Flower, Bird, Wind, Moon


FlowerBirdWindMoonImproved

 

Flower, Bird, Wind, Moon, 2011

 

 

 

Acrylic, Pen, and Glitter on Canvas

 

 

 

30” x 40.5”

 

“Flower, Bird, Wind, Moon” comes from the same phrase in a Japanese proverb meaning that the beauty of nature makes an important learning process to one’s self. This painting talks about that beauty and its inevitable end. The woman is no specific person and does not exist in reality. The depiction of this woman was greatly inspired by bijinga prints (literally “beautiful person picture”), many done by Kitagawa Utamaro. The contrasting, brightly chromatic nature scenes behind the woman reflect this natural beauty as she wipes the make up off of her face. She is abandoning the often- accepted way of being beautiful and has succumbed to the natural aesthetics of the world we were placed in. As with anything, beauty does fade but nature is almost infinite (represented and suggested by the drips in the black voids). In the end, the painting may suggest that she will experience a metamorphosis from her previous self to the more enlightened self.

 

The Mona Lisa (or La Joconde, La Gioconda).

The Mona Lisa (or La Joconde, La Gioconda). (Photo credit: Wikipedia)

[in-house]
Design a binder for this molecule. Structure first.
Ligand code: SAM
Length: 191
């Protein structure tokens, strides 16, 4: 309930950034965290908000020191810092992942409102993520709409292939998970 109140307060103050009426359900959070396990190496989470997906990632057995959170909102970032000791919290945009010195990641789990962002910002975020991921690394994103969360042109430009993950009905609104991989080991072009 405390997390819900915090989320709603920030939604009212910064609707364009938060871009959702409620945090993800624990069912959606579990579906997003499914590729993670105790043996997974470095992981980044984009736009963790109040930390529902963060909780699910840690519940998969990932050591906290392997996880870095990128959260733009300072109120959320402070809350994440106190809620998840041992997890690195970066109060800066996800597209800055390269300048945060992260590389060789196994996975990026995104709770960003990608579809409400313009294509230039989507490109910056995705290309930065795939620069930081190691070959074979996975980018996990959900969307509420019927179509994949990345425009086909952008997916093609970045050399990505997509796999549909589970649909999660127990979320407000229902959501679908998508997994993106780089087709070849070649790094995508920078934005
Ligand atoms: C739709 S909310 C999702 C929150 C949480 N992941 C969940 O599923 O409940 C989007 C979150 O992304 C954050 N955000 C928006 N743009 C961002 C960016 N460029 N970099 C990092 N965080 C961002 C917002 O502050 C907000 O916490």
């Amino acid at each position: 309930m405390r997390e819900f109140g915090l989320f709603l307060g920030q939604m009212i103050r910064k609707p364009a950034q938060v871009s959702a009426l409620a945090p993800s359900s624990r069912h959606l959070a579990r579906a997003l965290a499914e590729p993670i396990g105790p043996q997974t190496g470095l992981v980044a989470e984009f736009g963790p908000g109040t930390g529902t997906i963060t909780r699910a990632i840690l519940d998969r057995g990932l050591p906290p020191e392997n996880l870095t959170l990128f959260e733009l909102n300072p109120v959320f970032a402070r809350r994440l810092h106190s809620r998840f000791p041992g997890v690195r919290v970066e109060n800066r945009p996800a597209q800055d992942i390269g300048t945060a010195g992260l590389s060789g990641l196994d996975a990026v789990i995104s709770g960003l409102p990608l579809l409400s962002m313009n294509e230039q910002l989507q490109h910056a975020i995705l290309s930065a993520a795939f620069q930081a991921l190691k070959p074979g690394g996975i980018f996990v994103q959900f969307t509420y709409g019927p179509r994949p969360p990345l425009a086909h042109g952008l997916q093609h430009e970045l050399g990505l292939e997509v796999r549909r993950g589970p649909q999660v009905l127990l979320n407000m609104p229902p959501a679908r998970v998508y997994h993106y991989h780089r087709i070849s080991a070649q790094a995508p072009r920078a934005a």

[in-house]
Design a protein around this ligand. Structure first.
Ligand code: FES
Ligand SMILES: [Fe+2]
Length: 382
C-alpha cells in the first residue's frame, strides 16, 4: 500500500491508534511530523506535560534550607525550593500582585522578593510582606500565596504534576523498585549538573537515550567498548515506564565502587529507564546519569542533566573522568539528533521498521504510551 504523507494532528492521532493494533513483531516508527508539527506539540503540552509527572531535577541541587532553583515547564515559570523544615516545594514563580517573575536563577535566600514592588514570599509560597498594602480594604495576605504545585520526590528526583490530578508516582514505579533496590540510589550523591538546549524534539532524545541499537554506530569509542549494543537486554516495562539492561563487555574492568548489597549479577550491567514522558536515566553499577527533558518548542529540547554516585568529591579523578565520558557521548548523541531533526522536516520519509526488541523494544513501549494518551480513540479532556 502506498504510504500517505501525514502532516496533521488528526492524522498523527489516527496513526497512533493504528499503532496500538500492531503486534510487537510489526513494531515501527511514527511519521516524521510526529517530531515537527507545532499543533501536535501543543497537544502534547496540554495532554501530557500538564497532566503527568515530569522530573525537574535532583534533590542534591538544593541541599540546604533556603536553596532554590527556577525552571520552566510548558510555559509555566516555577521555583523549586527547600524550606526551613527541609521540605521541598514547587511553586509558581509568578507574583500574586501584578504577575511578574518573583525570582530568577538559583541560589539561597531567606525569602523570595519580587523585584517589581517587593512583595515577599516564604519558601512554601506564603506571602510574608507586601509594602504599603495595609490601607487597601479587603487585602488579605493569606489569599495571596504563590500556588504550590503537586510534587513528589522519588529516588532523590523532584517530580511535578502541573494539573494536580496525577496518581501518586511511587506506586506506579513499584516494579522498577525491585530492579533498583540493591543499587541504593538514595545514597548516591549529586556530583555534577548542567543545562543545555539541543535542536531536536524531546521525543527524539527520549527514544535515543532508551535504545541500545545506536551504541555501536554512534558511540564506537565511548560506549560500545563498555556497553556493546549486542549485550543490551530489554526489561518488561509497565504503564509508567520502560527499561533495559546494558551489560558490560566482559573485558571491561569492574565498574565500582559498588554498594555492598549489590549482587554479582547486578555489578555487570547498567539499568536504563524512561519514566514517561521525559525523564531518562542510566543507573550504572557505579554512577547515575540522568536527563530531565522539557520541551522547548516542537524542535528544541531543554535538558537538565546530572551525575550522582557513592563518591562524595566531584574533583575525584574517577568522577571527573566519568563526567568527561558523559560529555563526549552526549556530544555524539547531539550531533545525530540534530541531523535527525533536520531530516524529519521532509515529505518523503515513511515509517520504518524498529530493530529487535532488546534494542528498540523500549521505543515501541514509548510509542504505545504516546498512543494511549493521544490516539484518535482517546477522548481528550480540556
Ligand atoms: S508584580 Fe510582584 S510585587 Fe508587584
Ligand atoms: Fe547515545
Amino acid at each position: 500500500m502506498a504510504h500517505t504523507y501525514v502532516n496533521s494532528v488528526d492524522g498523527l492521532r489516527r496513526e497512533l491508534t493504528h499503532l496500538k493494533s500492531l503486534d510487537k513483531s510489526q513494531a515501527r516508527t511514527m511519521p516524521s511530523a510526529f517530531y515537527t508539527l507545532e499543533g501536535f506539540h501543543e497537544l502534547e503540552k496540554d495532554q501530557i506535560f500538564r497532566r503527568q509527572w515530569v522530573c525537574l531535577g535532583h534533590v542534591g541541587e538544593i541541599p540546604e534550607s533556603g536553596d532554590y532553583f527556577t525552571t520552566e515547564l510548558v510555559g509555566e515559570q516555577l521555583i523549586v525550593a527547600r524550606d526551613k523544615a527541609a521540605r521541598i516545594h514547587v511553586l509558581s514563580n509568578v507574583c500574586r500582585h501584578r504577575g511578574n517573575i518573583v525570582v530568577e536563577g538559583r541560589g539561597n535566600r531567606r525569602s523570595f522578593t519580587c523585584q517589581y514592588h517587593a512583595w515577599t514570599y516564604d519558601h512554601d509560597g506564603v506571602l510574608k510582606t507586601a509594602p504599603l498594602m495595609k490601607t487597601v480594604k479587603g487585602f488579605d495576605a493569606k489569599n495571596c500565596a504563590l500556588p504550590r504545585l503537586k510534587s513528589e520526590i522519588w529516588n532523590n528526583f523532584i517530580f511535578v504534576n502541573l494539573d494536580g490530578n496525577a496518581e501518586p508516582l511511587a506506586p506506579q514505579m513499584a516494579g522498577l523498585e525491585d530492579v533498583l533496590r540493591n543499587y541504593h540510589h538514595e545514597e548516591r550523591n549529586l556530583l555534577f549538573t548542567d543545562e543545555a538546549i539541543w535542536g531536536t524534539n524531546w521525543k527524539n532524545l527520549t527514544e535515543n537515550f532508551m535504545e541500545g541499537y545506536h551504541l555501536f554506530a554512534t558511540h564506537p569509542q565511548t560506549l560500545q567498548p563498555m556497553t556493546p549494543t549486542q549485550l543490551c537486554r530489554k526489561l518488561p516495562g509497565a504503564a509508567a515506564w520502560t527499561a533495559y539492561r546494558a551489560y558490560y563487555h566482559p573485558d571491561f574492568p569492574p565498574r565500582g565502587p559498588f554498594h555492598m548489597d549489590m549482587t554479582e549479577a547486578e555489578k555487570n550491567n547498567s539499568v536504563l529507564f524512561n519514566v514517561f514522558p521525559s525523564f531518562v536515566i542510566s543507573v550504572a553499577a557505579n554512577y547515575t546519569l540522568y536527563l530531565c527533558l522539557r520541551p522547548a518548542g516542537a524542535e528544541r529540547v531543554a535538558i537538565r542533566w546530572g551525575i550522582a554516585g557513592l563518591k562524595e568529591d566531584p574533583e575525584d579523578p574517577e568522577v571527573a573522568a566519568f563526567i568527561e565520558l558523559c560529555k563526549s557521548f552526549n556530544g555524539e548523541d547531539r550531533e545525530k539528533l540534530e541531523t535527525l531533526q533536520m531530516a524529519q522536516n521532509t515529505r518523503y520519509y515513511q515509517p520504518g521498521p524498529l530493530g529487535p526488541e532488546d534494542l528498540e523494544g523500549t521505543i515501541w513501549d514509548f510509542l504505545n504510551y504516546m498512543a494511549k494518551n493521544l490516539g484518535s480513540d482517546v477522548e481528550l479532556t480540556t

"Three known beauties (寛政三美人)", ukiy...

“Three known beauties (寛政三美人)”, ukiyo-e by Utamaro (Photo credit: Wikipedia)

 

Kitagawa Utamaro Ôban yoko-e

Kitagawa Utamaro Ôban yoko-e (Photo credit: Wikipedia)

 

Ase o fuku onna (Woman wiping sweat). Print sh...

Ase o fuku onna (Woman wiping sweat). Print shows a head-and-shoulders portrait of a young woman wiping her face (Photo credit: Wikipedia)

 

 

 

 

About Julian Peña

I'm a visual artist and student currently in progress to attaining a Bachelors of Fine Arts. I've been creating fantastical works of art since I was at the age of 13 years old. My work is transcendent beyond the material world and life itself. The paintings are polychromatic and visually exciting, while still maintaining a level of harmony. The subjects in many of these works of art may not exist at all despite what we perceive. It is a play on perception, an attempt to engage the viewers. I has earned numerous scholarships, participated in several group exhibitions, and already organized my own solo exhibition (CMYK, 2011). My meticulous and unique style is visually arresting. New ideas are constantly being examined and then visually communicated. Come check out my works at www.julianpena.com! I am is also currently part of the 253 Collective (a co-op) in downtown Tacoma. I currently live and work out of my loft in downtown Tacoma, WA.

4 comments

  1. I like your daring color choices. The waves look great!

  2. Pingback: La Gioconda by Julian Peña « Reply2Julian

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